(General Motors) For rental cars, it turns out, there’s an afterlife. Each year, rental agencies sell portions of their fleet to consumers and dealerships, so it’s possible that if you’re in the market for a used car, you’ve considered buying a former rental. Last year, Hertz sold 27,000 retired rental cars and plans to increase
For rental cars, it turns out, there’s an afterlife. Each year, rental agencies sell portions of their fleet to consumers and dealerships, so it’s possible that if you’re in the market for a used car, you’ve considered buying a former rental. Last year, Hertz sold 27,000 retired rental cars and plans to increase its sales this year by 65 percent, reports Automotive News. Many rental companies have car sales divisions including Enterprise, Budget Rent A Car and Avis. Buying a former rental car is just like buying any other used car. It’s wise to get it inspected by a mechanic you trust and request a vehicle history report so you’re aware of any prior accidents. However, there are a few additional considerations to keep in mind when shopping for a used rental car.
What Can You Expect?
Some rental car companies sell directly to consumers from their own lots. Others sell them at public or dealer-only auctions, where they might be listed as “program cars,” defined by the Federal Trade Commission as “low-mileage, current-model-year vehicles returned from short-term leases or rentals.”
Most of the retired cars Hertz sells have between 25,000 and 40,000 on them, according to its website. If you’re looking for a used car with the lowest possible mileage, it’s worth noting that rental car companies are keeping their fleet vehicles in service longer than they used to. The average age of a Hertz rental vehicle nearly doubled from 10 months in 2006 to 18 months in 2012, The Wall Street Journal reported last year.
Wear and Tear/Warranties
Typically, rental car companies are diligent about keeping their fleet in shape, says Auto Trader, adding that some rental agencies have in-house mechanics, while others take their vehicles to the dealership for maintenance.
However, you’ll never know all the details about a car’s past. Depending on a car’s age and mileage, it may still be covered by the manufacturer’s original warranty, and most bumper-to-bumper warranties will carry over from owner to owner, says Edmunds.com. On the other hand, Edmunds.com points out that most powertrain warranties will not carry over to another owner.
Like you’ll find on many used car lots, cars on rental sales lots might include a limited powertrain warranty or be offered with a service contract or extended warranty, which usually cost extra. The terms of a contract depend on the company, says the FTC, and it’s worth looking into what is covered to make sure it doesn’t overlap with an existing warranty. You should also find out who is responsible for repairs.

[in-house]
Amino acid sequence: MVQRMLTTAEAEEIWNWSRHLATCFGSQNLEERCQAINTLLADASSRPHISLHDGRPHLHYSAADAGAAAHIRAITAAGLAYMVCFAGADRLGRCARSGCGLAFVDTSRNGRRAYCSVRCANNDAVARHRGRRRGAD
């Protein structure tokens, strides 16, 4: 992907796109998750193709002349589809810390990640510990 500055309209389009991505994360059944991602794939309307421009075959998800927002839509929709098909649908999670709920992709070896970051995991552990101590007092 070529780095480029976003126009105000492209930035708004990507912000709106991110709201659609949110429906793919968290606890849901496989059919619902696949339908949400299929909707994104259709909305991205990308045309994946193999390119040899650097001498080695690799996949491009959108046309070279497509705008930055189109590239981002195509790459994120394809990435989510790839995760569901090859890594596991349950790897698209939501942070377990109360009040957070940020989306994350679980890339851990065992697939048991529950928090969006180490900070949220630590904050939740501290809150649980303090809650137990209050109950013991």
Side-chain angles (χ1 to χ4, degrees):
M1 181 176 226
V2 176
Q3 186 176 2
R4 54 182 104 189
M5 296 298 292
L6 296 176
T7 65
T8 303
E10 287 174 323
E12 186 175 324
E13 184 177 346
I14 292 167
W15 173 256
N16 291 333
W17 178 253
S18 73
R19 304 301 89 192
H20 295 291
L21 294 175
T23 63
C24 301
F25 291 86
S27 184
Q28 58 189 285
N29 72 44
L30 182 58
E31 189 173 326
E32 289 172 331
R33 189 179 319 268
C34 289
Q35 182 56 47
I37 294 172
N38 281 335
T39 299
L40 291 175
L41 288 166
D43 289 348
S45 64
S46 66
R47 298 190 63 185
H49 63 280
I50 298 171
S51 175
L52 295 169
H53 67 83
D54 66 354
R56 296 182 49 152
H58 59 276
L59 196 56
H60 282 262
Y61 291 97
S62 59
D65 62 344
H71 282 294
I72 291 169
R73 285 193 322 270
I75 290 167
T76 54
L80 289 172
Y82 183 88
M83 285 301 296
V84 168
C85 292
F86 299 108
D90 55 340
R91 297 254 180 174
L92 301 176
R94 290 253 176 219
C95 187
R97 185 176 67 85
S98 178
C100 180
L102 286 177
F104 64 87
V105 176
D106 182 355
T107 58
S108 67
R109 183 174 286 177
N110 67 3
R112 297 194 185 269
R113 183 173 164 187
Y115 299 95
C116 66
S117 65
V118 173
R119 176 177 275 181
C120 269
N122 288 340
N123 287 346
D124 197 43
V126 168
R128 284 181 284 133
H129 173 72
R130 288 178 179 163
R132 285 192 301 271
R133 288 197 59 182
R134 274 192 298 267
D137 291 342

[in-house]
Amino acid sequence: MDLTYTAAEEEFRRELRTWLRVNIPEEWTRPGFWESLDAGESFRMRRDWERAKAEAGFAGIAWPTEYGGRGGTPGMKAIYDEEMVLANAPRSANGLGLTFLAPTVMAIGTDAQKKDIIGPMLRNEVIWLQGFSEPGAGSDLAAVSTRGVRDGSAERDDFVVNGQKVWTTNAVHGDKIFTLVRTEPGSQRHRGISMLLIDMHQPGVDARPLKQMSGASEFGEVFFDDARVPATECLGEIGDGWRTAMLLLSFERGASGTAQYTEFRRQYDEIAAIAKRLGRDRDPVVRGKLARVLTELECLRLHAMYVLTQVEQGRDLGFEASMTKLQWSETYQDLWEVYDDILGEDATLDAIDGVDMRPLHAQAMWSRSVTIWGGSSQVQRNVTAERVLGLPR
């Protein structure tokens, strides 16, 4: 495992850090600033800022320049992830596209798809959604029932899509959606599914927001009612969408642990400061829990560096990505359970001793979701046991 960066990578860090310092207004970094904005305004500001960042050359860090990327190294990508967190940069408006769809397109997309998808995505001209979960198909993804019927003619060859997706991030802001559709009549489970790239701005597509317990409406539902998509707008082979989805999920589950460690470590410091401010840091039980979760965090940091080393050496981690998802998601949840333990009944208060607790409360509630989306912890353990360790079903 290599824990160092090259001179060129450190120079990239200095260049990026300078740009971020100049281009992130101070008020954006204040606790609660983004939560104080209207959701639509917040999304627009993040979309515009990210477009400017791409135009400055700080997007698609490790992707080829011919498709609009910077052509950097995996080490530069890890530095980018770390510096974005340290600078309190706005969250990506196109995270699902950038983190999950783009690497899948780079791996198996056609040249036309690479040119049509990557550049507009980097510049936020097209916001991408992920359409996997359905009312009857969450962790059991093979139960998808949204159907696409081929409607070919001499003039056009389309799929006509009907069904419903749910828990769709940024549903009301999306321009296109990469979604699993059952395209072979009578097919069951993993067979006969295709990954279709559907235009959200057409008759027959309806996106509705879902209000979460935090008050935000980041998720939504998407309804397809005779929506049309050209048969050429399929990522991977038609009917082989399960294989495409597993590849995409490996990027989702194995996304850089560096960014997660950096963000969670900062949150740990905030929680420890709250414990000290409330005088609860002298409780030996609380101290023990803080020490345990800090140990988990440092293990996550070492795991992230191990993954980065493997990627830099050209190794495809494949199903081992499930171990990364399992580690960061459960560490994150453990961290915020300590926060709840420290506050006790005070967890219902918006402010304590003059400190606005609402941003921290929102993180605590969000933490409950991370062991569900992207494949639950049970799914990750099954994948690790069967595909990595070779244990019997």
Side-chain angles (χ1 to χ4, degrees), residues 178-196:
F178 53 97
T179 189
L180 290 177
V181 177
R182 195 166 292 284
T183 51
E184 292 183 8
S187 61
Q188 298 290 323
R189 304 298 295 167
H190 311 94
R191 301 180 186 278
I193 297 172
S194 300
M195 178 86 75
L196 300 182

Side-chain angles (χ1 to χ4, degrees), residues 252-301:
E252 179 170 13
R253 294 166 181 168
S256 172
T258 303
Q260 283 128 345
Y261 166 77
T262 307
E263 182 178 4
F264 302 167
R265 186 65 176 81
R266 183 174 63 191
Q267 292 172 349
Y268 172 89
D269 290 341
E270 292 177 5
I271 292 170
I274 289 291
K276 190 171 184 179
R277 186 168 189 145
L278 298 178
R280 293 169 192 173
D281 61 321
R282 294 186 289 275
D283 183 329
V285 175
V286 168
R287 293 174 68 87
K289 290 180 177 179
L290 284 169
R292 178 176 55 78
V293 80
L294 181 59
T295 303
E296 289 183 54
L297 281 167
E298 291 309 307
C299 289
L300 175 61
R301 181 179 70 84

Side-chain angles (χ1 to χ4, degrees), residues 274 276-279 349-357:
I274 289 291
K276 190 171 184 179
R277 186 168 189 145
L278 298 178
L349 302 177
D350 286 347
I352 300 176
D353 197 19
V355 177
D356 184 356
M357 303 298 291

Know the Fair Market Value
It’s important to know the fair market value for a used rental car and shop around for the best price before deciding to buy it. Look for a similar used car from a private seller and a used car dealer and compare prices to see if buying a used rental car will save you money or not. Hertz Car Sales lists a 2013 Chevrolet Impala LT in Leesburg, Va. with 36,000 miles for $15,998 ($14,898 with promotions). According to Kelley Blue Book, the same model in good condition with 36,000 miles would cost about $14,307 if you bought it from a private seller. We found a certified pre-owned 2013 Impala LT with similar mileage for sale at a Maryland Chevrolet dealer for $16,500.
Many rental companies offer additional incentives to try to get you to buy one of their used rental cars. With each purchase, Enterprise Car Sales includes CARFAX vehicle history reports, a one-year/12,000-mile powertrain warranty and a year of roadside assistance with the American Automobile Association (AAA). Keep in mind that you can get a CARFAX report at any used car dealer and most dealers offer some kind of extended warranty.
When looking for records of accidents with a retired rental car, buyers should be aware that a rental may not have the same records as a private vehicle, John Nielsen, managing director, AAA Automotive Engineering and Repair, told MSN Autos, adding that because rental companies have their own insurance, not all accidents will have a claim on record. That’s why having the car inspected by a mechanic is especially important, he pointed out.
As with any used car purchase, buying a retired rental means doing your homework, taking it on a test drive and getting a thorough inspection. Would you consider buying a retired rental car?
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